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Tumor Markers

Key Information

Evaluating tumor volume in the body; primarily used for monitoring recurrence

CEA (Carcinoembryonic Antigen)

A blood test measuring the presence of an antigen in malignancies arising in endodermal (embryonic) or gastrointestinal tissue. CEA assay is nonspecific for identifying a primary site, but it does indicate the presence of malignancy. Smokers may have an elevated CEA without malignant disease.

Normal range: < 2.5 ng/ml. Normal range may vary somewhat according to institutional experience. Levels > 10 ng/ml suggest extensive disease and levels > 20 ng/ml suggest metastatic disease.

TPA (Tissue Polypeptide Antigen)

An antigen marker for cancers of gynecologic sites, bladder, and lung; nonspecific to ovarian cancer; elevated levels indicate presence of malignancy

Estrogen Receptor Assay (ERA)

A laboratory test to determine the responsiveness of the tumor to endocrine therapy or to removal of the ovaries. Tumors which are negative for estrogen receptors rarely respond to hormone manipulation; about 55 % of ER positive tumors will respond to endocrine therapy. The unit of measurement is femtomoles (fmoles) per milligram of tumor.

Types of ERA:

  • Quantified (measured in femtomoles or fmoles)
  • Immunohistochemical—a qualitative measurement of the observed number of hormone responsive cells, reported as positive or negative.

Test results—negative: 3 fmoles or less. ERA may not be performed if tumor is less than 1.0 cm in size or if tumor is completely in situ.

Progesterone Receptor Assay (PRA)

A laboratory test to determine the responsiveness of the tumor to endocrine therapy or to removal of the ovaries. Progesterone receptor assay increases the reliability of estrogen receptor assay results: a positive progesterone receptor assay indicates greater likelihood that the patient will respond to hormone therapy. The unit of measurement is femtomoles (fmoles) per milligram of tumor.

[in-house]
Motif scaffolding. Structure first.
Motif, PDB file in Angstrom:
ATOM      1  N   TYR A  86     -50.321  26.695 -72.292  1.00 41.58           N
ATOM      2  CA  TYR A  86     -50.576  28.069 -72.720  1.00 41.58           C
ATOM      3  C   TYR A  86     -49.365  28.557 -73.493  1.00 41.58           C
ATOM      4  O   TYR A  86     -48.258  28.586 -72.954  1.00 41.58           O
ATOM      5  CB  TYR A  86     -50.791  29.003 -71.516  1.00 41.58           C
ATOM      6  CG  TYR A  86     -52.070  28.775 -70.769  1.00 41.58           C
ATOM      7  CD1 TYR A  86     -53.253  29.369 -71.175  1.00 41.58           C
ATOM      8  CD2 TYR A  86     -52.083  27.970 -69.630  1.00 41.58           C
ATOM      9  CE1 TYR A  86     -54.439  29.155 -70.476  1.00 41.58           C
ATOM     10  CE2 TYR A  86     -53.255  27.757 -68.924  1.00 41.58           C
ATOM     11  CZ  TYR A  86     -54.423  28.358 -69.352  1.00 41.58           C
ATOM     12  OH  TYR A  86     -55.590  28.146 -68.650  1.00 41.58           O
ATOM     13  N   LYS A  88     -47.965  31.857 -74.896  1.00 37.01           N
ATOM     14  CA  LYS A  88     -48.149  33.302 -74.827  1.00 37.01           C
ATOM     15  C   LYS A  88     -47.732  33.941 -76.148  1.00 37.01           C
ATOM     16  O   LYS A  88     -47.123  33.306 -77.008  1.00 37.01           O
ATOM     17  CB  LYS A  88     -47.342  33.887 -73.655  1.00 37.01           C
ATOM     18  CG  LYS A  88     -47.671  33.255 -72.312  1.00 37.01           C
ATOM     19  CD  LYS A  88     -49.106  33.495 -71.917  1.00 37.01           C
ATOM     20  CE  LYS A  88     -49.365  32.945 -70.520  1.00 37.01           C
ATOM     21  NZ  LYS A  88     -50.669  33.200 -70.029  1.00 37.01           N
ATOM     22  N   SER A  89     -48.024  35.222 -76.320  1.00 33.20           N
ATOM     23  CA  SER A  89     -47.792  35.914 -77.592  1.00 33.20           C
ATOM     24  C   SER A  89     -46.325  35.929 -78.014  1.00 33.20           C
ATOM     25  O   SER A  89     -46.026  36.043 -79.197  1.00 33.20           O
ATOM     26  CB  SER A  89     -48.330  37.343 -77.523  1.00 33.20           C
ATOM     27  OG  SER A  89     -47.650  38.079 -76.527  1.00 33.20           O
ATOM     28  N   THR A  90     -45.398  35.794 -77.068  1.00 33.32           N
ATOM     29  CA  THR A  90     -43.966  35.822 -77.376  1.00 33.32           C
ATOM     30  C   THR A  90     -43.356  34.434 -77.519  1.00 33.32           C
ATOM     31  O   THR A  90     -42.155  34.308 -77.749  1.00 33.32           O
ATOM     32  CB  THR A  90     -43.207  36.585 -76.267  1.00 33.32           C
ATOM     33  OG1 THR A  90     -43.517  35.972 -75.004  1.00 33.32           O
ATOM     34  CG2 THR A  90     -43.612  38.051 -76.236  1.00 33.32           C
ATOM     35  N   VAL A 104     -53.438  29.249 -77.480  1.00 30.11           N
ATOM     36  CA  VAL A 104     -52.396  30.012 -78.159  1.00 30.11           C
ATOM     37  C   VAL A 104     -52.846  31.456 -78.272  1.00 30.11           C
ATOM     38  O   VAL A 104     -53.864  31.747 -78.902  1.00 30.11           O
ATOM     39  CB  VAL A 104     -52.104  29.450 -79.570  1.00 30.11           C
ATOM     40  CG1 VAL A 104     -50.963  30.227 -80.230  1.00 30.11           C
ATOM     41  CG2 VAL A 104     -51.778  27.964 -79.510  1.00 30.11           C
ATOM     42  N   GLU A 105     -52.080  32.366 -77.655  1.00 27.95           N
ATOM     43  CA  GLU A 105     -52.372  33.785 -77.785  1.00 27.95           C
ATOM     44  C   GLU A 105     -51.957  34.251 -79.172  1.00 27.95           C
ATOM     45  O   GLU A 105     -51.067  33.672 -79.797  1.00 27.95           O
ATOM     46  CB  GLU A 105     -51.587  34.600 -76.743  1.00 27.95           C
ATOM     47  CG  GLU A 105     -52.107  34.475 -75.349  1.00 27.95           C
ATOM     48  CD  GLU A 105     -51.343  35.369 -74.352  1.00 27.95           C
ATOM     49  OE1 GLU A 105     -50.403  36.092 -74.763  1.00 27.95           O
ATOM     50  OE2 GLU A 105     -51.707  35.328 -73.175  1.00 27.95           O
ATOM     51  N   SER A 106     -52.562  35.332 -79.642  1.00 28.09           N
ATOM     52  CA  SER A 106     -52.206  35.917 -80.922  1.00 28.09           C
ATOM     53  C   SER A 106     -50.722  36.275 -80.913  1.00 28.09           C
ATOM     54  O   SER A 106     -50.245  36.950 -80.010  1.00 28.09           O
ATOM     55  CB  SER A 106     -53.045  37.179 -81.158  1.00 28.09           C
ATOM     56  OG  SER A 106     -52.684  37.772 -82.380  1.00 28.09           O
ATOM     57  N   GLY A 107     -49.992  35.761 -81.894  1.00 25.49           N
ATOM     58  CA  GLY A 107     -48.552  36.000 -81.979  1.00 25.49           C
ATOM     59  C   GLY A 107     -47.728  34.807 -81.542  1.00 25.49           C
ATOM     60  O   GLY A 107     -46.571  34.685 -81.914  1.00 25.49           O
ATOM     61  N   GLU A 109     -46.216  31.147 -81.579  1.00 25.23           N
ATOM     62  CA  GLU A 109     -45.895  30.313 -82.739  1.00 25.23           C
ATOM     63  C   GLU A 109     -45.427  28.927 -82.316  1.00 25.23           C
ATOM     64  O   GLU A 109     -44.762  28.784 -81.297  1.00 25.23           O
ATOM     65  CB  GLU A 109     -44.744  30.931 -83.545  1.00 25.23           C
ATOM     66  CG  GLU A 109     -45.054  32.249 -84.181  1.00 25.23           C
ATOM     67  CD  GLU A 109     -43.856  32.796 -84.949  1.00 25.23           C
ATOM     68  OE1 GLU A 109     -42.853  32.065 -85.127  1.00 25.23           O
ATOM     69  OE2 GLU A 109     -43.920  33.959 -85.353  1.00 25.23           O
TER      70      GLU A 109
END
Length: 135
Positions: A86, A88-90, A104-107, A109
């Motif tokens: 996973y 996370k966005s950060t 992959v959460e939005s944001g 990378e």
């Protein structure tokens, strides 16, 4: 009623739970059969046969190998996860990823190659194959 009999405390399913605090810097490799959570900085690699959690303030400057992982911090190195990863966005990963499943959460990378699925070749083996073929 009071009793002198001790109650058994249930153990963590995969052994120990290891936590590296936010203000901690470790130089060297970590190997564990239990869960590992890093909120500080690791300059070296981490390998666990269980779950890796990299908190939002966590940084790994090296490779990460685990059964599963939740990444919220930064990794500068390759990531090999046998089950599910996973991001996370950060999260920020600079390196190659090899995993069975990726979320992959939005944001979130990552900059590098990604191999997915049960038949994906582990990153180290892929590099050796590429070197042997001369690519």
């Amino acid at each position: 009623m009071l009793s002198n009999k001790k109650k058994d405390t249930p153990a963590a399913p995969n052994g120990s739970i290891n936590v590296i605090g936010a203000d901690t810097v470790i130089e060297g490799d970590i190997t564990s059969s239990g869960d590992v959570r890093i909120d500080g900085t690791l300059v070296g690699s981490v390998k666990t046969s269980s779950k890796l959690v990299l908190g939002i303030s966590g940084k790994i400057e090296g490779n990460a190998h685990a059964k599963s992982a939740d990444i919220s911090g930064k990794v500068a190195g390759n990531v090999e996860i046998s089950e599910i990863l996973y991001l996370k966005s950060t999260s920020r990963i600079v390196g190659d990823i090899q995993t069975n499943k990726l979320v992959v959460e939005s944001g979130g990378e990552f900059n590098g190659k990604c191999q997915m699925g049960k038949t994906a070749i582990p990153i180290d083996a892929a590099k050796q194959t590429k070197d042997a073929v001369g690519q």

• Quantified (measured in femtomoles or fmoles)
  • Immunohistochemical—a qualitative measurement of the observed number of hormone responsive cells, reported as positive or negative.

Test results—negative: 5 fmoles or less. Test may not be performed if tumor is less than 1.0 cm in size or if tumor is completely in situ.

For Placental Tumors

Beta Subunit HCG (human chorionic gonadotropin)

A serum test used as a tumor marker for choriocarcinoma. When the presence of B-H CG is detected in serum it always indicates a malignancy. Also called: ß-HCG, beta-HCG, beta chain H-CG. Note: Observe the date of the beta-HCG study carefully. Record a pre-operative study only. Beta-HCG is also used as a marker postoperatively to monitor residual tumor and the effectiveness of therapy. In patients with choriocarcinoma who have had a hysterectomy and oophorectomy, the presence of beta-HCG will confirm the patient has residual cancer that requires further treatment. However, when beta-HCG does not exist in the serum, the presence of active cancer cannot be excluded, especially in patients who have been previously treated.
Normal range: 0 ng/m l.

Liver Function Tests (LFT)

A series of blood chemistry tests measuring enzymes excreted by the liver during abnormal functioning due to metastases, obstruction or other conditions. Also called: liver panel. A liver panel may
contain any of the following tests. If any one of these tests is outside the normal range of values, the test should be reported as abnormal.

Test Normal Values Alkaline Phosphatase (Alk.Phos.) 20-90 IU/liter Lactic Dehydrogenase (LDH) Transaminase 100-190 u/L at 37 degrees SGOT 8-46 u/L (M), 4-35 u/L (F) SGPT 7-46 u/L (M), 4-35 u/L (F) Leucine aminopeptidase (LAP) 80-200 Goldbarg-Rutenburg u/ml (M), 75-185 u/ml (F) Bilirubin (total) < 1.5 mg/dl

Click here to view the Tumor Markers page of the Diagnostic Tests module for more information.